a second side wall, spaced from the first side wall, and extending along the second side of the bed, and having a second inner surface that includes a second horizontally disposed cover support, with the first and second cover supports defining a generally horizontally extending plane spaced a third height above the bed that is less than the first height; and
a cover extending between and selectively removable from the first and second horizontally disposed cover supports.
Description
    CROSS REFERENCE TO RELATED APPLICATIONS
  • [0001]
    This application claims the benefit of United States provisional patent application identified as Application No. 60/560,388, filed Apr. 8, 2004, which is incorporated herein by reference.
  • BACKGROUND OF INVENTION
  • [0002]
    The present invention relates to cargo boxes on light trucks, such as pickup trucks.
  • [0003]
    As greater numbers of light trucks, such as pickup trucks, are used for an ever increasing number of work and recreational purposes, the need arises for increased flexibility in storing, transporting and accessing items in the cargo boxes of these trucks. For example, it may be desirable to store some items out of site, protected from the weather, and possibly to lock the items within an enclosed area to deter theft. Accessories such as Tonneau covers and caps may be employed to accomplish this task. But one may wish to also carry larger items that will not fit under the conventional Tonneau covers and caps. In such situations, then, the advantages of these accessories may be somewhat limited. Such large items may even be of a size or shape that they do not readily fit within the typical dimensions of these cargo boxes.
  • [0004]
    For increased flexibility in carrying items of various sizes and shapes in a cargo box, it may also be desirable to have the capability to vary the size of an enclosed and lockable storage area. Moreover, one may desire the flexibility to have more than one load floor—or optional shelving—so that items do not have to be stacked on top of one another while being transported in the cargo box of the truck. Of course, one may also desire that any additional cargo carrying flexibility be provided in a manner that is relatively simple and quick to use and is aesthetically pleasing. That is, cargo storage devices that are difficult to use or time consuming may be of limited value since they may be seldom deployed. Moreover, if such devices detract significantly from the aesthetically pleasing appearance of the truck, then one may avoid including such a device on the truck at all.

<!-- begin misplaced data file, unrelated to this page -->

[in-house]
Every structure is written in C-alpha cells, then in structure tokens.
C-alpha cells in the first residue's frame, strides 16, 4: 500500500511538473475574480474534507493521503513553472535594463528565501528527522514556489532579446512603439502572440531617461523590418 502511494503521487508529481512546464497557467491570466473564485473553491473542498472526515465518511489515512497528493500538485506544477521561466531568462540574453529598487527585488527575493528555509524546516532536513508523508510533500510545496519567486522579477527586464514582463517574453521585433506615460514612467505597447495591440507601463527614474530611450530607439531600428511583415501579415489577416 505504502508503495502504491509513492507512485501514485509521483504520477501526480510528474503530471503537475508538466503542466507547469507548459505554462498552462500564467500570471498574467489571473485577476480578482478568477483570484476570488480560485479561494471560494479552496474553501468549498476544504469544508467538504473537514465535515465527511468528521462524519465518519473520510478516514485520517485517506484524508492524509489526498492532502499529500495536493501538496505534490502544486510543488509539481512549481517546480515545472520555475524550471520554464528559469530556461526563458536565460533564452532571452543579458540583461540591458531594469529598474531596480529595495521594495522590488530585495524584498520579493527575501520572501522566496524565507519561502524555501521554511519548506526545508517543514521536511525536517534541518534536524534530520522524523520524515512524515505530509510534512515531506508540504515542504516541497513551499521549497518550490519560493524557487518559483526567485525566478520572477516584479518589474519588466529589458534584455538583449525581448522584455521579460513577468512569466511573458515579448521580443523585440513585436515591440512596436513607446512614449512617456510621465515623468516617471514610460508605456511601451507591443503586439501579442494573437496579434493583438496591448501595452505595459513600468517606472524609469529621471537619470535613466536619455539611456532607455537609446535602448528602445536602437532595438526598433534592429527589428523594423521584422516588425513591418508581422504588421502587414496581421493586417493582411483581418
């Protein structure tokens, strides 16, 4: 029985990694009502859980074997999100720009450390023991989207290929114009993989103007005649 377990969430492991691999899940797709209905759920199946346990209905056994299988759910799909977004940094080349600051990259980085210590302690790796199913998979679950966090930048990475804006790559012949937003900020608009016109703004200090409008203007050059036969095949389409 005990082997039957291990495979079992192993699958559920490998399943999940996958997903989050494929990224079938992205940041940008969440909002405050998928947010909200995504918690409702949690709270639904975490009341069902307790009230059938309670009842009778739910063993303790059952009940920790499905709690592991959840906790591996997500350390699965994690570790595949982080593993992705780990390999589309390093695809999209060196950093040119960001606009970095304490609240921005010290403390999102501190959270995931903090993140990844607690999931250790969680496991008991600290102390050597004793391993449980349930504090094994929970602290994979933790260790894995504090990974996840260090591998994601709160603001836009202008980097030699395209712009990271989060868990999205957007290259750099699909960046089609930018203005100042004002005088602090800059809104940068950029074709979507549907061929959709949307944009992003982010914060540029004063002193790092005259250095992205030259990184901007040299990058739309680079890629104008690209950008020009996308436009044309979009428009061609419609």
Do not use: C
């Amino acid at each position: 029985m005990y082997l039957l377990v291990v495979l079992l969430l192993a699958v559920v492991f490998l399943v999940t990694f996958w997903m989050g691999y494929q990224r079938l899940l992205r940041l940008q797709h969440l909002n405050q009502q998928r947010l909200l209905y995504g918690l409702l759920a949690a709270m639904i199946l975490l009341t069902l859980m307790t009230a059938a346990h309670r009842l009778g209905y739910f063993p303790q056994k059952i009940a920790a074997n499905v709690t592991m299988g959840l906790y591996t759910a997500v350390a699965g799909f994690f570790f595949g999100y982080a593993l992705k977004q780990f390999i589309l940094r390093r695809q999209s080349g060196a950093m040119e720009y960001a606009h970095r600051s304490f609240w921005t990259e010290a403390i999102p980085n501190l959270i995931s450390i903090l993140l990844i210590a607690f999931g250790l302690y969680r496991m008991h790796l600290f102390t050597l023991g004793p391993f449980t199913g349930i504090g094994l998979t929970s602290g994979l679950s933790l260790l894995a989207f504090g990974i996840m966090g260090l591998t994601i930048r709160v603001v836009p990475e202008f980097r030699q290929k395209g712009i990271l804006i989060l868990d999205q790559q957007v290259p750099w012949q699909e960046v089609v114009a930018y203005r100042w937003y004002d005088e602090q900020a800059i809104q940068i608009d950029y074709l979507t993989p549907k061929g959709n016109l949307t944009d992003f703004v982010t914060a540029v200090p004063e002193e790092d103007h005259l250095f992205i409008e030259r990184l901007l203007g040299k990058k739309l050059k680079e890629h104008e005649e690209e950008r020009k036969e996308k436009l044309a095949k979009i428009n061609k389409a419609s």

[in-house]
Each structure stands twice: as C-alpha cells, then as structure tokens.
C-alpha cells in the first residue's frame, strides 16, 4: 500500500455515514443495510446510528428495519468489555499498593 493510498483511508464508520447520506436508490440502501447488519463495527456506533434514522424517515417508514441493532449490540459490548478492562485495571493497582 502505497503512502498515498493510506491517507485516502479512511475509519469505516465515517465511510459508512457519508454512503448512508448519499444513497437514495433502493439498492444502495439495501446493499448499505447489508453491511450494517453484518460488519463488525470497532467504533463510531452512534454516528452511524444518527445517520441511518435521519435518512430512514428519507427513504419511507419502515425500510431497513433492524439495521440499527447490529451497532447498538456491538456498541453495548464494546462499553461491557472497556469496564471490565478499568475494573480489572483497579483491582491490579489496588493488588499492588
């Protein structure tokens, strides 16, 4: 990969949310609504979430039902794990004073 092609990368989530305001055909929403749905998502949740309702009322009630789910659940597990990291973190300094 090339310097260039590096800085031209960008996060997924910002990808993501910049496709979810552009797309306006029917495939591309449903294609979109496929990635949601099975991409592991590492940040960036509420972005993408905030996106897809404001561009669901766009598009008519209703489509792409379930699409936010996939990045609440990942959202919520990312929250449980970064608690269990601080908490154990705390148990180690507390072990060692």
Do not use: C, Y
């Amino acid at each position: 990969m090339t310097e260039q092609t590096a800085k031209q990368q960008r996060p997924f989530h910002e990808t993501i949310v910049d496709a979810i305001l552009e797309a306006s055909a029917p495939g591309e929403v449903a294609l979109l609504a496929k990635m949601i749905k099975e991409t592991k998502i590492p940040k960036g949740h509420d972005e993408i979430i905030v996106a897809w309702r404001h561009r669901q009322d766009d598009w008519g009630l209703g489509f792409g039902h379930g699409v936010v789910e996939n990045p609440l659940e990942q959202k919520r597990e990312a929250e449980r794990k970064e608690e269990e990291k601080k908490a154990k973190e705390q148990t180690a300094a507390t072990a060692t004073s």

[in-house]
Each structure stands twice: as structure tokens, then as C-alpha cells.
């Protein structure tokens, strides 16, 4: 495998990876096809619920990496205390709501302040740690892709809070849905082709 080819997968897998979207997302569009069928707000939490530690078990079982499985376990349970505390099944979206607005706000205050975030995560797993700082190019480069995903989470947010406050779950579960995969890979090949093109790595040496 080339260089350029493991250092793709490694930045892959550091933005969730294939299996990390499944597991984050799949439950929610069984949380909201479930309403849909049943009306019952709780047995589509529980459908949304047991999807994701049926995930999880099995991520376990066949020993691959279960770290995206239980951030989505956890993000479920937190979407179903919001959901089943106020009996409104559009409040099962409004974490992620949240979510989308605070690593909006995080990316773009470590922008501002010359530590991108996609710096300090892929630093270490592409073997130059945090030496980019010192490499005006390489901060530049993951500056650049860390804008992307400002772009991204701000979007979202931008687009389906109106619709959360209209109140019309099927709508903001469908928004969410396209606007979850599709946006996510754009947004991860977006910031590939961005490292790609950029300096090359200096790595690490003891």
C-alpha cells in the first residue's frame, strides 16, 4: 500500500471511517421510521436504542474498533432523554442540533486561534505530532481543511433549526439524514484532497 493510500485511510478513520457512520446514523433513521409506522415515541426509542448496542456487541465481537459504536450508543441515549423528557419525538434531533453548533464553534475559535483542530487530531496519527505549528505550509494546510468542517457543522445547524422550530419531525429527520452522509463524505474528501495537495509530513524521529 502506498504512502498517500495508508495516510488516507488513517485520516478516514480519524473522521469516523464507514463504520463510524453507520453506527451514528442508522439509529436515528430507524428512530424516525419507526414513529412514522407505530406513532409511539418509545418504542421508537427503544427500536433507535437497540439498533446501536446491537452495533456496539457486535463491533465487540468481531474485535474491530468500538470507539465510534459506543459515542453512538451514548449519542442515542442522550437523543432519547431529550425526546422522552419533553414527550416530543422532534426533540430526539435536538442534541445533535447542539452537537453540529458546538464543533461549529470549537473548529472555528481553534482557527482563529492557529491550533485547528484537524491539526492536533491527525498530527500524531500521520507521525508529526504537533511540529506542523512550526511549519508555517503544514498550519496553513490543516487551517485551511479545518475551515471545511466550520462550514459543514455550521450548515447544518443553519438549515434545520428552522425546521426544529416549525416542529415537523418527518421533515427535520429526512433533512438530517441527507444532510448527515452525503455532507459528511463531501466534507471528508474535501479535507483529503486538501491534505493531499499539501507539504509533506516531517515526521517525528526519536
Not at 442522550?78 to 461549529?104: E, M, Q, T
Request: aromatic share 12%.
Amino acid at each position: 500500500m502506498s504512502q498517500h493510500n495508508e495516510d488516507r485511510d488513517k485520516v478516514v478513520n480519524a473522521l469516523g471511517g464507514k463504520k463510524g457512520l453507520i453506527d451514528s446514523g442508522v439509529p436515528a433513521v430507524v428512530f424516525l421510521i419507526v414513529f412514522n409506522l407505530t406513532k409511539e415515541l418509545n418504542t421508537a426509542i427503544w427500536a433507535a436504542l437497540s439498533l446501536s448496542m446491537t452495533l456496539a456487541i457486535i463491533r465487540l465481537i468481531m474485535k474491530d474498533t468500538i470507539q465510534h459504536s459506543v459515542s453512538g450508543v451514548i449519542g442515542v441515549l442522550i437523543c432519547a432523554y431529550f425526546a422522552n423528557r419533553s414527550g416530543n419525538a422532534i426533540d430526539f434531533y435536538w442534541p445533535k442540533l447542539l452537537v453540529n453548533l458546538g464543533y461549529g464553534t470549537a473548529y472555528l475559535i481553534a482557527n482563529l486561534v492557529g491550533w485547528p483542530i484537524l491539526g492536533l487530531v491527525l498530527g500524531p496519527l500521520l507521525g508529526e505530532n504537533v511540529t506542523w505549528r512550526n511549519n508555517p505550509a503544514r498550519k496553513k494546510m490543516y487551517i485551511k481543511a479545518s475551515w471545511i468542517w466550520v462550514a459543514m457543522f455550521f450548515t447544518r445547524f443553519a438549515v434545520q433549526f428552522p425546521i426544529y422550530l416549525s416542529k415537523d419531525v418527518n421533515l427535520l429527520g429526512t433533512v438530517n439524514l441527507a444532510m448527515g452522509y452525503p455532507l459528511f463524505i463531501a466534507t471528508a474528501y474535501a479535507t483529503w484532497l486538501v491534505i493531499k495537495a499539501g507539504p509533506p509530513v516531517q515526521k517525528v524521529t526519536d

• [0005]
    An additional drawback to some cargo boxes and accessories employed therewith is the potential difficulty in accessing items located in the cargo boxes. On a conventional pickup truck, only the tailgate lowers. If one wishes to get at items located more toward the middle or front of the cargo box, one must reach over top rails on the sides or climb in the cargo box. Reaching over the side rails to lift the items out of the cargo box may be particularly difficult for smaller individuals, while climbing in the cargo box may also be undesirable.
  • [0006]
    Thus, it is desirable to have a cargo box for a light truck, such as, for example, a pickup truck, that provides improved flexibility in storing, transporting and accessing a variety of different items.
  • SUMMARY OF INVENTION
  • [0007]
    In its embodiments, the present invention contemplates a cargo box of a truck. The cargo box may comprise a horizontal bed having a front, a rear, a first side and a second side, and a transverse oriented front wall extending vertically upward from the front of the bed and having a front top rail located a first height above the bed. A first rear pillar may extend upward from the bed adjacent to the rear and the first side of the bed, while a second rear pillar extends upward from the bed adjacent to the rear and the second side of the bed. The cargo box may also include a first side wall, extending between the front wall and the first rear pillar, having a first lower portion extending vertically upward from and being fixed relative to the first side of the bed, and a first fold-out fender located above the first lower portion and pivotable about a first generally horizontal axis that is a second height above the bed, with the second height being less than the first height, and with the first fold-out fender being pivotable between and selectively maintainable in a substantially vertical closed position and a substantially horizontal open position; and a second side wall, spaced from the first side wall, and extending along the second side of the bed.
  • [0008]
    An advantage of an embodiment of the present invention is that an increased width for supporting cargo wider than a cargo box on a truck is attained. A wider load floor can be created to support the width of the wider load.
  • [0009]
    Another advantage of an embodiment of the present invention is that multiple height shelves and/or load floors can be created for additional flexibility in storing and transporting cargo.
  • [0010]
    A further advantage of an embodiment of the present invention is that the access to the cargo box is improved.
  • [0011]
    An additional advantage of an embodiment of the present invention is that covered storage can be provided while still allowing for additional storage in the cargo box that is above the covered storage area.